A new study from New Zealand’s Plant & Food Research has suggested certain compounds found in apples may help people with inflammatory diseases, such as Inflammatory Bowel Disease (IBD).
The research institute studied 27 compounds found in apples that are thought to have beneficial health properties, extracted from 109 different cultivars of apples from Plant & Food Research’s own germplasm collection as well as some from Luxembourg in Europe.
The study, published in the latest edition of the Journal of Agricultural and Food Chemistry, showed two families of compounds, procyanidins and triterpenes, inhibited activation of two molecules involved in inflammation and inflammatory diseases.
“Apple is one of the most highly consumed fruits worldwide,” said Plant & Food Research’s Dr William Laing.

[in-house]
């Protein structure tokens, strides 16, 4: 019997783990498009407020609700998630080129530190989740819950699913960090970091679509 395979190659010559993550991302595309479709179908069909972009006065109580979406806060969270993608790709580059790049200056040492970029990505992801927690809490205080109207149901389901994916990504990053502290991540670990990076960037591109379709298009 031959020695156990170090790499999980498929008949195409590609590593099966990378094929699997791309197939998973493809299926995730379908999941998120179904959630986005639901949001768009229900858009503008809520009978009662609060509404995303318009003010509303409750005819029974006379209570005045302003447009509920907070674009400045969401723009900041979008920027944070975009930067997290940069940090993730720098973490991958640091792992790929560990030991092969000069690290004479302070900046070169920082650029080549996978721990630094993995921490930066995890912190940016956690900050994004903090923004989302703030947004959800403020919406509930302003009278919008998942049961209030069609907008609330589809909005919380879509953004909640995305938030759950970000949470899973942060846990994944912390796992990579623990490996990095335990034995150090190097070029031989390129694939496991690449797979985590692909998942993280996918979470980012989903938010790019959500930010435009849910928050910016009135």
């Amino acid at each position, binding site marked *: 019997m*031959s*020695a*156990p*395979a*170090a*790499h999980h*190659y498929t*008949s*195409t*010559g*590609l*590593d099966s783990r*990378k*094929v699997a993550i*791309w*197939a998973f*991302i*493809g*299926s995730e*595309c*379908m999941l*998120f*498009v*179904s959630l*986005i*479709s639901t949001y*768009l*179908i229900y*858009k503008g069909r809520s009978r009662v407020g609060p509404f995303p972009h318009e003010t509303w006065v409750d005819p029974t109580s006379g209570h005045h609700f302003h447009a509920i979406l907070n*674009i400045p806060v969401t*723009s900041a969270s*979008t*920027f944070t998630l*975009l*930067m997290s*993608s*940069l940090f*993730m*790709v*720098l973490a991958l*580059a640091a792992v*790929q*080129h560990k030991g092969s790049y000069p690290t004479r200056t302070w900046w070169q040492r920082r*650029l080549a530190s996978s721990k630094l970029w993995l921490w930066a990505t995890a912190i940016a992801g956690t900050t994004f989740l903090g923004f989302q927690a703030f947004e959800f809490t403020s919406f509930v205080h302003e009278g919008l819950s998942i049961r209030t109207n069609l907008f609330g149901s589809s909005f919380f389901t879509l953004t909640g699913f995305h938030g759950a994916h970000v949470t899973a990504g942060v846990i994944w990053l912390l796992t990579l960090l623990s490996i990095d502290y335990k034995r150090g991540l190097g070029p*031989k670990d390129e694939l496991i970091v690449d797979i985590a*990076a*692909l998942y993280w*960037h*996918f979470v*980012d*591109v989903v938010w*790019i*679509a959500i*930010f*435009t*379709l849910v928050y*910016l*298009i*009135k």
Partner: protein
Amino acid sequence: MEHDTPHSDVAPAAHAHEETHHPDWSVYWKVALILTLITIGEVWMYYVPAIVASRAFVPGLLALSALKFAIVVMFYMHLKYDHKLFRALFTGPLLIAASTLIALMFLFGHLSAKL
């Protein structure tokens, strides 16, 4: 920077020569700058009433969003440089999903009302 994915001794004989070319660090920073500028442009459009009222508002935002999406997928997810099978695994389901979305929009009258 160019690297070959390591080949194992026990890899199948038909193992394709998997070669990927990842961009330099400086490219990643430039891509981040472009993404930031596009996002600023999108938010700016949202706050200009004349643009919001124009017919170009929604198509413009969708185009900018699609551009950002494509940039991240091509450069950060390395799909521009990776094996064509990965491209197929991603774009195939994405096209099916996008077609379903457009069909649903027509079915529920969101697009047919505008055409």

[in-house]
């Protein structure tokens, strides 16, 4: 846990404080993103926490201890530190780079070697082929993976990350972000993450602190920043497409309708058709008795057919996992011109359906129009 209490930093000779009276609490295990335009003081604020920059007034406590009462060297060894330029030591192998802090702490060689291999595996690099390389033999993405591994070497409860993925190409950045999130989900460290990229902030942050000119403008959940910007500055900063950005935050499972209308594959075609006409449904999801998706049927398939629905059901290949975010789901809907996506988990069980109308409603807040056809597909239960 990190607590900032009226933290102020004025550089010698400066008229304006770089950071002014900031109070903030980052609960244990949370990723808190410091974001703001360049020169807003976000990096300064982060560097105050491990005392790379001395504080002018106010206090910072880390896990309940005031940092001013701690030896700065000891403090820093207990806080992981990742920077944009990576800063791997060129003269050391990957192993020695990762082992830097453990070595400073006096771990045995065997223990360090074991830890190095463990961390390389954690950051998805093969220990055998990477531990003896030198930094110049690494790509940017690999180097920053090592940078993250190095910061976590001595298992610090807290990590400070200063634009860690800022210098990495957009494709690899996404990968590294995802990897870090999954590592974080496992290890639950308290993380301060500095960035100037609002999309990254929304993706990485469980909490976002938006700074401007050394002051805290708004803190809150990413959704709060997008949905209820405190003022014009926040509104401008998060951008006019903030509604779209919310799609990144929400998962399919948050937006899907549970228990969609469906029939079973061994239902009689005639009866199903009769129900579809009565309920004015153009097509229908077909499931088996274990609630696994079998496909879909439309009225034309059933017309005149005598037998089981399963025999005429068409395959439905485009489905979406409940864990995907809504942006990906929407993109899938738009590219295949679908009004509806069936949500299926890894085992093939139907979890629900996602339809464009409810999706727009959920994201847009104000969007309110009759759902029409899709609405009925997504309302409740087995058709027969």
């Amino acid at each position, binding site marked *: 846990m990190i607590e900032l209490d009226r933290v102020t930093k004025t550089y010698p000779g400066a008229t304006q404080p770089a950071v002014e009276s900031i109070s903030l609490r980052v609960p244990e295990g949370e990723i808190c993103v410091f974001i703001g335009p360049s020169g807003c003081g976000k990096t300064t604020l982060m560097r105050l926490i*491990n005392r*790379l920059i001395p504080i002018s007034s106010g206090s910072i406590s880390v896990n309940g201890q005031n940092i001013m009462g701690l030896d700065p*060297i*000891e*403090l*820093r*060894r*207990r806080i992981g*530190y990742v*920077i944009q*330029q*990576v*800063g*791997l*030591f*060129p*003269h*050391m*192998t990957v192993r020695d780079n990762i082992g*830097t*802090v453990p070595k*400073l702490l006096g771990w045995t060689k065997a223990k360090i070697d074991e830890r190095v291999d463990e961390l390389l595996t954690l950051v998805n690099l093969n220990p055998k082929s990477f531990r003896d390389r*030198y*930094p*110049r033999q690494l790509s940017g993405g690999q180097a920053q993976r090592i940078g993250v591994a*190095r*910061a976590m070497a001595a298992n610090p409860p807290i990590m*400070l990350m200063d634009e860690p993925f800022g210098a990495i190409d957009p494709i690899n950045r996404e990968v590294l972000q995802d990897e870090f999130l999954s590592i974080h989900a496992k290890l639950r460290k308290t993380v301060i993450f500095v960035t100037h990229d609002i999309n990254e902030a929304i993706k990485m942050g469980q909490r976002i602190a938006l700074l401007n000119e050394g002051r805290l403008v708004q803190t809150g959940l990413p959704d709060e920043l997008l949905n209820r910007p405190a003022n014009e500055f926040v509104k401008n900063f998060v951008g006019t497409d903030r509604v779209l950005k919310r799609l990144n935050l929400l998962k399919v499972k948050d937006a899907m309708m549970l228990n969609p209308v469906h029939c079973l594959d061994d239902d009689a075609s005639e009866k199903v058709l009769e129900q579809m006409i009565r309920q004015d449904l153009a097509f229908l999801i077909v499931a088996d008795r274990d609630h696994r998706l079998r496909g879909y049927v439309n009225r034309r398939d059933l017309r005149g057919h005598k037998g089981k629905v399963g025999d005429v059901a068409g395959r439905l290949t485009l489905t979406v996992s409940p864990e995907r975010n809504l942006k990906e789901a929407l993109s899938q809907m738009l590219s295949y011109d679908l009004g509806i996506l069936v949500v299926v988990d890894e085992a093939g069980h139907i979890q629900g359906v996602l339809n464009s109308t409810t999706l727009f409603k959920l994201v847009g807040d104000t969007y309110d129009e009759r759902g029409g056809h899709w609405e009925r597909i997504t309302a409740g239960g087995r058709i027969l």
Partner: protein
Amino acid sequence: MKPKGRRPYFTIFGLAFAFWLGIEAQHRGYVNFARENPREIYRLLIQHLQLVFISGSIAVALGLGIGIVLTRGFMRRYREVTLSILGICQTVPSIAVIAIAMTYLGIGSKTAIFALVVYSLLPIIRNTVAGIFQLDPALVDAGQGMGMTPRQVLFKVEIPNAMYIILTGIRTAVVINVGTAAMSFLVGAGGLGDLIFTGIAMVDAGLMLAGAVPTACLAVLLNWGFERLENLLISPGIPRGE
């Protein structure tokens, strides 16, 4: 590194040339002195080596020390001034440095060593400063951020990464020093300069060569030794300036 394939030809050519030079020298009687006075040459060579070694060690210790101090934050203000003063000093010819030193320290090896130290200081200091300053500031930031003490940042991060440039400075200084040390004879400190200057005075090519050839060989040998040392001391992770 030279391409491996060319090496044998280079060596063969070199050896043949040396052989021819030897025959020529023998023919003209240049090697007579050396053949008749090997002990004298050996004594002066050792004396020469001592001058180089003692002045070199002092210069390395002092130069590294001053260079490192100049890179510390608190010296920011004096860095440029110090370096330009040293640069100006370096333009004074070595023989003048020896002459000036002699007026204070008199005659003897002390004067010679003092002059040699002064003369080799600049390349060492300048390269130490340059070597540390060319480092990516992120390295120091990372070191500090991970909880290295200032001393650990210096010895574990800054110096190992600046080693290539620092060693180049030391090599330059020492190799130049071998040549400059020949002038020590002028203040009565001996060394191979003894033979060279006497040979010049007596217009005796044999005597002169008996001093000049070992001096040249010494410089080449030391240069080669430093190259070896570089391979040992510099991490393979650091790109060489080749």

“Understanding which compounds in apple influence pathways in disease, such as IBD, allows us to breed new varieties of apple with more of these compounds that can then be used as ingredients in foods specifically designed to control the disease symptoms.”
The study was conducted by Plant & Food Research in concert with researchers at the Centre de Recherche Public-Gabriel Lippmann in Luxembourg, as part of a programme exploring the health properties of food based on genetic information.
Developing gene-specific foods that prevent, control or cure diseases is the end goal for the Nutrigenomics New Zealand programme, a collaboration between Plant & Food Research, the University of Auckland and AgResearch, with funding from the New Zealand Ministry of Business, Innovation and Employment.